Community Indicators for Your Community

Real, lasting community change is built around knowing where you are, where you want to be, and whether your efforts are making a difference. Indicators are a necessary ingredient for sustainable change. And the process of selecting community indicators -- who chooses, how they choose, what they choose -- is as important as the data you select.

This is an archive of thoughts I had about indicators and the community indicators movement. Some of the thinking is outdated, and many of the links may have broken over time.

Wednesday, March 28, 2007

Indicators of Cultural Vitality

Andrew Taylor has a blog entry on Measures of Cultural Vitality. In it, he discusses the Urban Institute's Cultural Vitality in Communities: Interpretation and Indicators. (A presentation about the report by the authors at the Community Indicators Consortium conference is available here.)

A good data source for information about the arts is Americans for the Arts, with several interesting data sets to choose from. FedStats suggests using IRS data to explore data about arts organizations. The U.S. Census Bureau's Local Employment Dynamics has interesting data for many states about people who work in the arts. There are also interesting information available through the National Endowment for the Arts and useful indicators from the American Academy of Arts and Sciences.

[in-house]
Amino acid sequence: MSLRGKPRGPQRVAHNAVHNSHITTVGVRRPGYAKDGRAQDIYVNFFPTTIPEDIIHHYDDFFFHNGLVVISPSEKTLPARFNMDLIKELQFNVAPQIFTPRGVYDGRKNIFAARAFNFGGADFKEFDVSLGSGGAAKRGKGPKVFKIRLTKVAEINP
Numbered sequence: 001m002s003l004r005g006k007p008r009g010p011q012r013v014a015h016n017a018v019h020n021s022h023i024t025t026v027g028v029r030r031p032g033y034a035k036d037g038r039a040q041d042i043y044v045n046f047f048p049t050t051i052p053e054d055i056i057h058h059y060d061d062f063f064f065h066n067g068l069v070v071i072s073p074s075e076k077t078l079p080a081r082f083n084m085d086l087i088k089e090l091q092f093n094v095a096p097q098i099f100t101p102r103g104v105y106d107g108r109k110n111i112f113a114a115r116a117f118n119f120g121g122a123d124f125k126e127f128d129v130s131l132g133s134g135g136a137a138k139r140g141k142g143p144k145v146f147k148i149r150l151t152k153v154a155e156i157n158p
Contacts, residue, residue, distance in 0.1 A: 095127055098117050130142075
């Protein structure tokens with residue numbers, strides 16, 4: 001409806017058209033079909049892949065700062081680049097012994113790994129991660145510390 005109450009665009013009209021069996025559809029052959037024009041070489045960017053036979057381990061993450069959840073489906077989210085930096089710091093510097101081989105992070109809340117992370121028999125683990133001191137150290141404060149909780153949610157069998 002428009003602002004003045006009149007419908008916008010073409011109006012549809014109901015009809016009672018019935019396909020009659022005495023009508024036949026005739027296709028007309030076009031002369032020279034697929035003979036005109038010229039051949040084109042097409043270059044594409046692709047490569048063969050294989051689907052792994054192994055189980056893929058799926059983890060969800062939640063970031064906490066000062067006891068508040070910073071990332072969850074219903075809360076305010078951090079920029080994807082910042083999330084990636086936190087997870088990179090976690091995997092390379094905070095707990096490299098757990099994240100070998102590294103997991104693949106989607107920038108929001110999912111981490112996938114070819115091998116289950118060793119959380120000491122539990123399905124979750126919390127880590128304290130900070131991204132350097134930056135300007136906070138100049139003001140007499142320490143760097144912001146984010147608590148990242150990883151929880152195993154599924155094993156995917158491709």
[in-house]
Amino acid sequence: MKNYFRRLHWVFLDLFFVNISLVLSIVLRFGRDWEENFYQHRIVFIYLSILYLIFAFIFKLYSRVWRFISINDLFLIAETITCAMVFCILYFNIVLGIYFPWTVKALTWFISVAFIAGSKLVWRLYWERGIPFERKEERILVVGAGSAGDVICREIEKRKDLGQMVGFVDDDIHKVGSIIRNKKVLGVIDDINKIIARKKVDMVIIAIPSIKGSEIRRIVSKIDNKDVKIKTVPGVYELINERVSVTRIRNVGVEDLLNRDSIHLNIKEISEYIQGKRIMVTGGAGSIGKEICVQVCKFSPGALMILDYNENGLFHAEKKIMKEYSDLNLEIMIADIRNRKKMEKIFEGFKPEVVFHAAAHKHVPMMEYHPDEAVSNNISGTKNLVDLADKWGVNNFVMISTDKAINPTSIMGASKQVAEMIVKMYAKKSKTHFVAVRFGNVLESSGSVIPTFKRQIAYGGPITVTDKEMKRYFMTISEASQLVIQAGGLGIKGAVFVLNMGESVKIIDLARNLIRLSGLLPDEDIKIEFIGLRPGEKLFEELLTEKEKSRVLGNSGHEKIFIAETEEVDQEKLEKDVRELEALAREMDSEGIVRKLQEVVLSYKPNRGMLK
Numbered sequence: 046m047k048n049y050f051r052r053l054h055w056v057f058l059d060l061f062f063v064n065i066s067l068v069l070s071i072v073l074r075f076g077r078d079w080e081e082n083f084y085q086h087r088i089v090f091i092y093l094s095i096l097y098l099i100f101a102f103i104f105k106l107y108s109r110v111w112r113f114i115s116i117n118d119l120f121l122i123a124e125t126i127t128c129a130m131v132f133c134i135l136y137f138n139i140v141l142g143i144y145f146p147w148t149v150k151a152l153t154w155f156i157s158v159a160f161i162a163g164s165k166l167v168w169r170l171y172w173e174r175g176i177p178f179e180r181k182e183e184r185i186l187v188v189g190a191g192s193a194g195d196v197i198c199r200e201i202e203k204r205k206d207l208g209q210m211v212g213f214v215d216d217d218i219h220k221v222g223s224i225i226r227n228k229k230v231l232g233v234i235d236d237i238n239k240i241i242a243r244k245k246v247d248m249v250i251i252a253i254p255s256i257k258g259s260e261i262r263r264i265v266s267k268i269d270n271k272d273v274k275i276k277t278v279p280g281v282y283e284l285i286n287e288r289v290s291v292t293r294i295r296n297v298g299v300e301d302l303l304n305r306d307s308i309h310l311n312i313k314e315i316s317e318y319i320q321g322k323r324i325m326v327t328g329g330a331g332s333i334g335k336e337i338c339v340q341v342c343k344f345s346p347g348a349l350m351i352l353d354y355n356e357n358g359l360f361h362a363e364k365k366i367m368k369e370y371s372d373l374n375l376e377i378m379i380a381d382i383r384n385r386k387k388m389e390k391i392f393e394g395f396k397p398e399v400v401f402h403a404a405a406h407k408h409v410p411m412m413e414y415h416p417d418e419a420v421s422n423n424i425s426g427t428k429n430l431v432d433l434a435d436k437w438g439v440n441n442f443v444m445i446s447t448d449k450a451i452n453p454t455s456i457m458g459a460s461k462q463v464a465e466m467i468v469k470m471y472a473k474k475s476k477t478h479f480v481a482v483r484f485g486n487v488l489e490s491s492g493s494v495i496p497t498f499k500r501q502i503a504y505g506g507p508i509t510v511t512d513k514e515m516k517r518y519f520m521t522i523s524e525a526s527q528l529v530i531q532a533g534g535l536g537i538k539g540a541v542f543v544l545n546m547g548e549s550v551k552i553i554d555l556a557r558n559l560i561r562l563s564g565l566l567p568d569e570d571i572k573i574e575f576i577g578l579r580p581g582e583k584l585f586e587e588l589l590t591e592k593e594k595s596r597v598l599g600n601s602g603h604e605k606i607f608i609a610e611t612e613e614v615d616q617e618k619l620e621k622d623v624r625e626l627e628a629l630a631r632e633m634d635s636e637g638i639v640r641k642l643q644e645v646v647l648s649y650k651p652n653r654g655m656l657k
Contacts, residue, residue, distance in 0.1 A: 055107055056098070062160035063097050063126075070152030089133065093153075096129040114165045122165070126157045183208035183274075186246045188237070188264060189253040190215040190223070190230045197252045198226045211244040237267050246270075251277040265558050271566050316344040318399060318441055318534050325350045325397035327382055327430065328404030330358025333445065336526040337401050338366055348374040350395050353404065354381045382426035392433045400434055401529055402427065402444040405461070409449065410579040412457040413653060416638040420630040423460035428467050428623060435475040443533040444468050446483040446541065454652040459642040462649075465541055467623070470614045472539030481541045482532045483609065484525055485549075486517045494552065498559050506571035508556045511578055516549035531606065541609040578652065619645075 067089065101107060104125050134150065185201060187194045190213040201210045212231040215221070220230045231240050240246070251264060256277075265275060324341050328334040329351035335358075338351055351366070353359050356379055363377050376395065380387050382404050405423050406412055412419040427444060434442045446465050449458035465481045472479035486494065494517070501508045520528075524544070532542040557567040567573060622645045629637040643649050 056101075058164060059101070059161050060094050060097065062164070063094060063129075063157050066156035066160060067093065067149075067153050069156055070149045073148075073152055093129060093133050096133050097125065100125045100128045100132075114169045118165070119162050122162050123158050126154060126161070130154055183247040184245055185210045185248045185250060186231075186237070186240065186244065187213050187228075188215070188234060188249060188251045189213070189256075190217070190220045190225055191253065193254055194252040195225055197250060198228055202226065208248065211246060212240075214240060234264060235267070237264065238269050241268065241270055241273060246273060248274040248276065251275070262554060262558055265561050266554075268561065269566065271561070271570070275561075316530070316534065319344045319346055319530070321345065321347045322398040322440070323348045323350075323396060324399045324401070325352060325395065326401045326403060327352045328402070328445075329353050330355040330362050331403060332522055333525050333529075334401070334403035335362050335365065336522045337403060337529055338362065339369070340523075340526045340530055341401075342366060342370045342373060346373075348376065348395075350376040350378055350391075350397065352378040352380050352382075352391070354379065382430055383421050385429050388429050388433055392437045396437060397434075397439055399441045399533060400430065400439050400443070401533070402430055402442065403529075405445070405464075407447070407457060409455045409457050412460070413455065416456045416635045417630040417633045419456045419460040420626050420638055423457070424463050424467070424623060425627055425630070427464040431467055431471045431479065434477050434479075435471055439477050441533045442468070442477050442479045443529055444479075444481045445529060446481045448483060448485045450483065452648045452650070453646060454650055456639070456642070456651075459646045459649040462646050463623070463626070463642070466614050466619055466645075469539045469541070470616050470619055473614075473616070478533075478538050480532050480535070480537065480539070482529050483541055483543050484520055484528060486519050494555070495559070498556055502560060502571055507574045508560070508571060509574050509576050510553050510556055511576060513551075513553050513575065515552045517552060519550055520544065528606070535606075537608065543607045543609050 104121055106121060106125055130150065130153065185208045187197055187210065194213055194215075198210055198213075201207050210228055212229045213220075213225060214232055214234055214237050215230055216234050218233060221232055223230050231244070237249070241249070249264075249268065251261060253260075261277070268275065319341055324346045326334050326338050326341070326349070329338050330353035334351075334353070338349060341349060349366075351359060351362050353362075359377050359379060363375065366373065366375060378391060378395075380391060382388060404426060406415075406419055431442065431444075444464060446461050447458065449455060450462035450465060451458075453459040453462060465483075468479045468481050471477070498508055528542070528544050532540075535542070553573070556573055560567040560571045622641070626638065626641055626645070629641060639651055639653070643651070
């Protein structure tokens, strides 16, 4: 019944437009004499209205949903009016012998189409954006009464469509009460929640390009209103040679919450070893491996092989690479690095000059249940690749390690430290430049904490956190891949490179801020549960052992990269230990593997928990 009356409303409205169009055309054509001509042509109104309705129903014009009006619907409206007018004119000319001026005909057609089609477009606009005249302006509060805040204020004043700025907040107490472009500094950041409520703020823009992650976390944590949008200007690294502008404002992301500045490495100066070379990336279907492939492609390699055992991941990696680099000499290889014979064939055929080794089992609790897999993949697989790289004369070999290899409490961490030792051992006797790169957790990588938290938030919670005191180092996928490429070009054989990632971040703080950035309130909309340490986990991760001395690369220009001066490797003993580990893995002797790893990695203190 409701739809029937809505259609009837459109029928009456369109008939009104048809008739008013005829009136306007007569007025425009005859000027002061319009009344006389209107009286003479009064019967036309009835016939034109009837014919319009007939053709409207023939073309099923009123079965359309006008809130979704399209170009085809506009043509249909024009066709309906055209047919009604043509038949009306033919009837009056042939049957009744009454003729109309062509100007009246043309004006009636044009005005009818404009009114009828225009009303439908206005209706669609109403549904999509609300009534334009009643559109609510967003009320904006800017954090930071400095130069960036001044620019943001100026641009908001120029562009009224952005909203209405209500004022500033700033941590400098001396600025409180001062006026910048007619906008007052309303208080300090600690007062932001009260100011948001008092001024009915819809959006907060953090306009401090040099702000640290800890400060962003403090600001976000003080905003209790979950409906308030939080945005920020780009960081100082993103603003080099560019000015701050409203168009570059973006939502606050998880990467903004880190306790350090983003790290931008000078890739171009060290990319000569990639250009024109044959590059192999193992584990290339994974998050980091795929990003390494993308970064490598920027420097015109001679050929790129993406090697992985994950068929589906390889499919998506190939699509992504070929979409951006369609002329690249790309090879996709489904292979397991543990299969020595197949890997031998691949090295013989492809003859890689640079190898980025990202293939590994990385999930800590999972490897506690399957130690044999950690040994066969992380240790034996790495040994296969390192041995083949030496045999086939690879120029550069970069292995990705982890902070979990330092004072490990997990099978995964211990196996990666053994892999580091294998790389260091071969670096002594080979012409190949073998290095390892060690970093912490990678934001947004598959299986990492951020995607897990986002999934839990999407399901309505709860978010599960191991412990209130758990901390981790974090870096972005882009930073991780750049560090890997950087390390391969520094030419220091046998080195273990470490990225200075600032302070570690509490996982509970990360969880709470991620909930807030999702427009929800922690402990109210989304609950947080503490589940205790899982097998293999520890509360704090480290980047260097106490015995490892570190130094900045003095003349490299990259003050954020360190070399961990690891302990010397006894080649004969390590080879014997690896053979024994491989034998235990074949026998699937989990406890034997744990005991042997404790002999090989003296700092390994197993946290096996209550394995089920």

Outside the U.S., a fun site is Singapore's indicators from the National Arts Council.


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